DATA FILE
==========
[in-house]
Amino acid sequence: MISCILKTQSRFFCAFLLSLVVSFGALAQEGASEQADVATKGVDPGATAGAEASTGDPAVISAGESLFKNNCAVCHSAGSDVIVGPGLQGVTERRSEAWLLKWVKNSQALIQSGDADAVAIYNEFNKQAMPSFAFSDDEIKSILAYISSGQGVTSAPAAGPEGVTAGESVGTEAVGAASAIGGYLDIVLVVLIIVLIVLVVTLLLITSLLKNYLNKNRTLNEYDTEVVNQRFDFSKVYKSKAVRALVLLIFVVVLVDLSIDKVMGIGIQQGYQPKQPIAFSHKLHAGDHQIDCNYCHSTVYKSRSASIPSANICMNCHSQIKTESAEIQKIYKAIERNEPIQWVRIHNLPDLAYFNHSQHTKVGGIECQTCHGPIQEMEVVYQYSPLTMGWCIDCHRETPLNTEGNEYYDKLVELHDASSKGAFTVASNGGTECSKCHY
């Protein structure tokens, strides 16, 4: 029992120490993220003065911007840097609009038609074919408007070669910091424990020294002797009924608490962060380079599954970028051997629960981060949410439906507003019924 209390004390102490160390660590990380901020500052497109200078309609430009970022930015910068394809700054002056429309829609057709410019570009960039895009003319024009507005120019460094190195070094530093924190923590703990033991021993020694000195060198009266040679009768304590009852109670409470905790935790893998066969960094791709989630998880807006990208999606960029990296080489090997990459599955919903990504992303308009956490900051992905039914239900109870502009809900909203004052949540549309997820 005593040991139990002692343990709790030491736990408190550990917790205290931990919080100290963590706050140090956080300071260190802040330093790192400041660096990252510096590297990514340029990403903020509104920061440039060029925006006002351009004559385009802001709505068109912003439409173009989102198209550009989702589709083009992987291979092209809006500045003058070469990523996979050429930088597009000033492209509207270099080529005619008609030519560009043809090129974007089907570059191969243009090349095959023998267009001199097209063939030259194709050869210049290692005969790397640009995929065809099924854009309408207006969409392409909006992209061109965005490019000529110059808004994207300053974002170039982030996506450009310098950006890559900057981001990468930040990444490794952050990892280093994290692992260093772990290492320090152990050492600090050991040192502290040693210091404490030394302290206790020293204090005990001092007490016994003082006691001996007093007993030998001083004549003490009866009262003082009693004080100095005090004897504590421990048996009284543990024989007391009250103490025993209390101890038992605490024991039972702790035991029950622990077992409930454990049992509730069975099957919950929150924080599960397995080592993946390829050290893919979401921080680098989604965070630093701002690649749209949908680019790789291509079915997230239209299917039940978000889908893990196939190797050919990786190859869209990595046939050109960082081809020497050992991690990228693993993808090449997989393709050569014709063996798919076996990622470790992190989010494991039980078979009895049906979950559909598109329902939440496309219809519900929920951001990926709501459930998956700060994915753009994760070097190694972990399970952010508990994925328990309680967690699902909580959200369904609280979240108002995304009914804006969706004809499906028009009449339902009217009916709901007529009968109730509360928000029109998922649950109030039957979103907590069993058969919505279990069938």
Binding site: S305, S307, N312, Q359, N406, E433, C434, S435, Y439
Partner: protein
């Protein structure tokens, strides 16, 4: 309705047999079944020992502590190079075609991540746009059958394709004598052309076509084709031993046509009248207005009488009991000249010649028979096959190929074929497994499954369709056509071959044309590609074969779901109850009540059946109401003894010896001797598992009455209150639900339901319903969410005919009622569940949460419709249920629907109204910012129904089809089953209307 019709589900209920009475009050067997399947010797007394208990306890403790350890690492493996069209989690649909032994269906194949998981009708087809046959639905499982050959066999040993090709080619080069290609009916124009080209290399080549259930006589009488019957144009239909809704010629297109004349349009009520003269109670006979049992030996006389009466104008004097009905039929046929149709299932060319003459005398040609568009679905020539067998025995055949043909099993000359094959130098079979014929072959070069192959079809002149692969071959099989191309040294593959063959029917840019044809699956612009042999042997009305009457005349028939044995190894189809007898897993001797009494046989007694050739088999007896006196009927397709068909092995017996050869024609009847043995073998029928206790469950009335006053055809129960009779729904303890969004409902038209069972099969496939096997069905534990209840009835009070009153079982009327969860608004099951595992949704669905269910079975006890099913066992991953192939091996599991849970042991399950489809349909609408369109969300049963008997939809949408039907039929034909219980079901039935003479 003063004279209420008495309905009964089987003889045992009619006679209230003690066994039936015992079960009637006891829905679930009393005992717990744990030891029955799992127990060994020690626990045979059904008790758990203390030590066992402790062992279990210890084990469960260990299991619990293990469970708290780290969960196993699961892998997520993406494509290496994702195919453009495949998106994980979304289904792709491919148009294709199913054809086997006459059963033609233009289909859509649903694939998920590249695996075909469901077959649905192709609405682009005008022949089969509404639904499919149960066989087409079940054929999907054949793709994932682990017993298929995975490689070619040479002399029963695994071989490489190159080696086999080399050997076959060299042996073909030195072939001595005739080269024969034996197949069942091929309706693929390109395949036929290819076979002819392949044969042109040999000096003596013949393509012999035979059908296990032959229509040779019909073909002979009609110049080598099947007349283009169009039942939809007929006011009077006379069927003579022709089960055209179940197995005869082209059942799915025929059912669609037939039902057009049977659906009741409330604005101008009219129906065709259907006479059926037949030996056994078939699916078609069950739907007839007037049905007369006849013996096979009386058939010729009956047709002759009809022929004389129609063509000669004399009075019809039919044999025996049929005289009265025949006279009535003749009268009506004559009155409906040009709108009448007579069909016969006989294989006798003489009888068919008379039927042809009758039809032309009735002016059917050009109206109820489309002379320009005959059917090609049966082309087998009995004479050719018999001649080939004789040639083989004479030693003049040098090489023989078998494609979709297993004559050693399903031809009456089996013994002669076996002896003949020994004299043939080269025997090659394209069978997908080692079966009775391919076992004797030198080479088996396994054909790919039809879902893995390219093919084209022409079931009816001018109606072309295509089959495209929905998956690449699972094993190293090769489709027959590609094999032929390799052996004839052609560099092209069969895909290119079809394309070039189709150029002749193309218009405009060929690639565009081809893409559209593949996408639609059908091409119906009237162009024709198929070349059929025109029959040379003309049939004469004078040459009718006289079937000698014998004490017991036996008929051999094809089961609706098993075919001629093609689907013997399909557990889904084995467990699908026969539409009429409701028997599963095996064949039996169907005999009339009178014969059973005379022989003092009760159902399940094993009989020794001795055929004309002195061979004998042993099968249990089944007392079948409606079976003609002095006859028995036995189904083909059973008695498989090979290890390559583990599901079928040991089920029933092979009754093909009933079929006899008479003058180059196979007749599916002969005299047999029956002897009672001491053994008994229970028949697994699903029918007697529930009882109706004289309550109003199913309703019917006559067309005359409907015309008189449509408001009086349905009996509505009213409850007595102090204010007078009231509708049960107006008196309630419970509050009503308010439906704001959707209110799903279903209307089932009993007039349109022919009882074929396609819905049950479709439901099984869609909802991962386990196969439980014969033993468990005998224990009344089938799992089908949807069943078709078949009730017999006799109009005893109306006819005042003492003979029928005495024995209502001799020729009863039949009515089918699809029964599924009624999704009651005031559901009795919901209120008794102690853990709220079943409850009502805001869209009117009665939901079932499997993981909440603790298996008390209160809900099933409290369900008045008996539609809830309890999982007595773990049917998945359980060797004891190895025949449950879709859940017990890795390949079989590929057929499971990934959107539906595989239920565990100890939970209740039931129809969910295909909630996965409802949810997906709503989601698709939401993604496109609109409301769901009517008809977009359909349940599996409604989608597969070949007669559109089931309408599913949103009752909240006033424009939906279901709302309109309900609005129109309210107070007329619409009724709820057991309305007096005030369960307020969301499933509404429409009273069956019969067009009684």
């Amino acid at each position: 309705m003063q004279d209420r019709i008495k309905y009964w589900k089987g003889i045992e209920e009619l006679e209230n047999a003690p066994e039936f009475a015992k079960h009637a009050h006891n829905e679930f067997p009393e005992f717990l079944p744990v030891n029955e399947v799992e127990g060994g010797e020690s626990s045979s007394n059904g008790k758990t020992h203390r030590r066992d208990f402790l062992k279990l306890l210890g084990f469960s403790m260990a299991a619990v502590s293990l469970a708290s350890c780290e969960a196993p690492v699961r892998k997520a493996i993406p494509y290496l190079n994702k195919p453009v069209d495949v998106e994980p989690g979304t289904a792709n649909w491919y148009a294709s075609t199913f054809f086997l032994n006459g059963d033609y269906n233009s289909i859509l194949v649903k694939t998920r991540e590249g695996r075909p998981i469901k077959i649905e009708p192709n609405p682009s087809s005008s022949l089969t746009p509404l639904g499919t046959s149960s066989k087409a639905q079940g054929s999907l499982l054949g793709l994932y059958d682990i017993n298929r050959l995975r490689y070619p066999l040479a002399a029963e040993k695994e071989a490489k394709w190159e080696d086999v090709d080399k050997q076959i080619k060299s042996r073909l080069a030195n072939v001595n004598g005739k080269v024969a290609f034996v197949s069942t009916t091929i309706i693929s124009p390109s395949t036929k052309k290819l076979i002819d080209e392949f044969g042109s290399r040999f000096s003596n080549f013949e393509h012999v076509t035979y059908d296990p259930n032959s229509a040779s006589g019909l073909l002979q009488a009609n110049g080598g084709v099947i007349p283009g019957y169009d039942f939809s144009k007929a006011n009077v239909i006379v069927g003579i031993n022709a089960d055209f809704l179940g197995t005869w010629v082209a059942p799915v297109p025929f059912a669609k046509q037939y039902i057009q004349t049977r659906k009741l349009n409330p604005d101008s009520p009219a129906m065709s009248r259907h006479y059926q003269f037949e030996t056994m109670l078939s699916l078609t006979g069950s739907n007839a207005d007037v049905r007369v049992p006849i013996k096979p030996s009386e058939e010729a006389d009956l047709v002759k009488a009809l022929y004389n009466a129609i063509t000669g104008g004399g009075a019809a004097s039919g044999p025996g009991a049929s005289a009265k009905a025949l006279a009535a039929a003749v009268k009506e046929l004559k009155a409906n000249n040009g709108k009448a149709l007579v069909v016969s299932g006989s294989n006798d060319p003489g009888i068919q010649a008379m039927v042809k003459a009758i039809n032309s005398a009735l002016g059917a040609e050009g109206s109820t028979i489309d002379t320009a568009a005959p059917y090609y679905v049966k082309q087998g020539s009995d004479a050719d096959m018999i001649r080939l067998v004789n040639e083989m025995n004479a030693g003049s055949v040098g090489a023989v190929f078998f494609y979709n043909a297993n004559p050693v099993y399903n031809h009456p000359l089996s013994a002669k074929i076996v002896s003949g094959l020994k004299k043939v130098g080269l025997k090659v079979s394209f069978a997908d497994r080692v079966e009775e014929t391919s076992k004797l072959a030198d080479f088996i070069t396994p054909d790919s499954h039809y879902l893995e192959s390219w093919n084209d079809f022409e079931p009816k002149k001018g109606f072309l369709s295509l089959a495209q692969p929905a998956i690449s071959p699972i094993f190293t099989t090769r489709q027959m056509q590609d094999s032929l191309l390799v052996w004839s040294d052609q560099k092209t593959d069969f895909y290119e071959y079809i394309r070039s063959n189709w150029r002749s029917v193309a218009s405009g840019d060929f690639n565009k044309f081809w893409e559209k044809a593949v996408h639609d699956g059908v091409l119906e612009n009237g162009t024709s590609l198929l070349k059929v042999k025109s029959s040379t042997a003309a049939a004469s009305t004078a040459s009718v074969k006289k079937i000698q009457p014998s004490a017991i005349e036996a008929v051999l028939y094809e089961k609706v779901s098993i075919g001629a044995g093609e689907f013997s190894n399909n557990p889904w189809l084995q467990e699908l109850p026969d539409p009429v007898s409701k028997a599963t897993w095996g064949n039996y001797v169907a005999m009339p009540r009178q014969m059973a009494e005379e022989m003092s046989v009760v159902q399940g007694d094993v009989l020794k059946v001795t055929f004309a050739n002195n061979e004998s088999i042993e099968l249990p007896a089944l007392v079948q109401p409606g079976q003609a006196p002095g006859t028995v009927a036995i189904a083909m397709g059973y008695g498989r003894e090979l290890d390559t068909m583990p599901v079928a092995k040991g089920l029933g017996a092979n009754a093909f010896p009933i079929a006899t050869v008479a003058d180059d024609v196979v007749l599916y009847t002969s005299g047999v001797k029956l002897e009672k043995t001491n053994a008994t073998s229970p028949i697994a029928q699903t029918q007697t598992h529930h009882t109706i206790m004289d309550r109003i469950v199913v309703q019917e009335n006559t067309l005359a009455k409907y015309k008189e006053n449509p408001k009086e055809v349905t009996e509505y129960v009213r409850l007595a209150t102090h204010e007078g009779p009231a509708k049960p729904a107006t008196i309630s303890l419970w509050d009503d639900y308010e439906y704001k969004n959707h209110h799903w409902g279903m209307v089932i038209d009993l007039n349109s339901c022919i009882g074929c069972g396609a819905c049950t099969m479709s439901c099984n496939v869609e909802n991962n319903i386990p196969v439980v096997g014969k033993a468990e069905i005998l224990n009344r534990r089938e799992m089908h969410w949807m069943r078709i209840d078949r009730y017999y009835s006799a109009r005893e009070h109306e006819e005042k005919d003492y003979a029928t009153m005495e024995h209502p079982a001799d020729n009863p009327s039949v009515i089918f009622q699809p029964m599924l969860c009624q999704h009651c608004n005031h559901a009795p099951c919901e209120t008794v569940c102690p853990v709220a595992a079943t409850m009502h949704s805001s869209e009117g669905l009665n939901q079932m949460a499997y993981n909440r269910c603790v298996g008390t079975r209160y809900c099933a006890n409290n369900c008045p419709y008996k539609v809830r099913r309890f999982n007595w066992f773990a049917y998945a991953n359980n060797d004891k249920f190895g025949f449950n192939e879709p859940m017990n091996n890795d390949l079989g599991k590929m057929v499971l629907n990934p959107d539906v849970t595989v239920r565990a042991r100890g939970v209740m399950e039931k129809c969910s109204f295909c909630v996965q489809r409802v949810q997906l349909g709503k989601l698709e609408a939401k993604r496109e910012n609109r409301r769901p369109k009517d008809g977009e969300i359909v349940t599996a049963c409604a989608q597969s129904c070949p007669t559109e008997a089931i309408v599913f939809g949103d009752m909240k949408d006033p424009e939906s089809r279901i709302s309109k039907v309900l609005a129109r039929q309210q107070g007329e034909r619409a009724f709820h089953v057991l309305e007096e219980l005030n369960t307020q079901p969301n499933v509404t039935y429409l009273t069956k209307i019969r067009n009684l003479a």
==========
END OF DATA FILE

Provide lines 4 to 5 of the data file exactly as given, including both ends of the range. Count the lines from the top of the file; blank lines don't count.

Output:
Binding site: S305, S307, N312, Q359, N406, E433, C434, S435, Y439
Partner: protein